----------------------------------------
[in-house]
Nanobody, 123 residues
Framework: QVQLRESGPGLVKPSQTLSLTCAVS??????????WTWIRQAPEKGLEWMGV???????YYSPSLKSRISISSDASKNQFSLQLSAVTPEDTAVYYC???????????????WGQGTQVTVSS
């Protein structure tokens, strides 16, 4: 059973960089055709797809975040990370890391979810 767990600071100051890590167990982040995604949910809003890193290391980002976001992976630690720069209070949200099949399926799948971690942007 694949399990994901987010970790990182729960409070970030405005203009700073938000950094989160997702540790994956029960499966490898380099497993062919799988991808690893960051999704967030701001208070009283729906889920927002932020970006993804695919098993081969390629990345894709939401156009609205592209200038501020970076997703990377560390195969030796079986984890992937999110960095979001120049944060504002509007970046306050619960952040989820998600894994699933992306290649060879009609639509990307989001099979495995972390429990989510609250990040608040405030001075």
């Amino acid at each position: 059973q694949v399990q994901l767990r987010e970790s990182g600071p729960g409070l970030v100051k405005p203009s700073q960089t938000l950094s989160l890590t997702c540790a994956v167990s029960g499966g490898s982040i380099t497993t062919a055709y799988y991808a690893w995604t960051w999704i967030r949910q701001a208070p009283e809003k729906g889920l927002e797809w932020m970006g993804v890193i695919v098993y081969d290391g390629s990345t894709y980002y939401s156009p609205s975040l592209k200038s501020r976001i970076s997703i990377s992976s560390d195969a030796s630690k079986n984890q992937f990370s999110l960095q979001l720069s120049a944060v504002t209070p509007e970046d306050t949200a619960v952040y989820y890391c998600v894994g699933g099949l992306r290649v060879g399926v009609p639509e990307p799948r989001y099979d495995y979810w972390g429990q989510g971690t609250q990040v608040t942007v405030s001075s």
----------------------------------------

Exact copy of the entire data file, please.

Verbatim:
[in-house]
Nanobody, 123 residues
Framework: QVQLRESGPGLVKPSQTLSLTCAVS??????????WTWIRQAPEKGLEWMGV???????YYSPSLKSRISISSDASKNQFSLQLSAVTPEDTAVYYC???????????????WGQGTQVTVSS
């Protein structure tokens, strides 16, 4: 059973960089055709797809975040990370890391979810 767990600071100051890590167990982040995604949910809003890193290391980002976001992976630690720069209070949200099949399926799948971690942007 694949399990994901987010970790990182729960409070970030405005203009700073938000950094989160997702540790994956029960499966490898380099497993062919799988991808690893960051999704967030701001208070009283729906889920927002932020970006993804695919098993081969390629990345894709939401156009609205592209200038501020970076997703990377560390195969030796079986984890992937999110960095979001120049944060504002509007970046306050619960952040989820998600894994699933992306290649060879009609639509990307989001099979495995972390429990989510609250990040608040405030001075």
């Amino acid at each position: 059973q694949v399990q994901l767990r987010e970790s990182g600071p729960g409070l970030v100051k405005p203009s700073q960089t938000l950094s989160l890590t997702c540790a994956v167990s029960g499966g490898s982040i380099t497993t062919a055709y799988y991808a690893w995604t960051w999704i967030r949910q701001a208070p009283e809003k729906g889920l927002e797809w932020m970006g993804v890193i695919v098993y081969d290391g390629s990345t894709y980002y939401s156009p609205s975040l592209k200038s501020r976001i970076s997703i990377s992976s560390d195969a030796s630690k079986n984890q992937f990370s999110l960095q979001l720069s120049a944060v504002t209070p509007e970046d306050t949200a619960v952040y989820y890391c998600v894994g699933g099949l992306r290649v060879g399926v009609p639509e990307p799948r989001y099979d495995y979810w972390g429990q989510g971690t609250q990040v608040t942007v405030s001075s």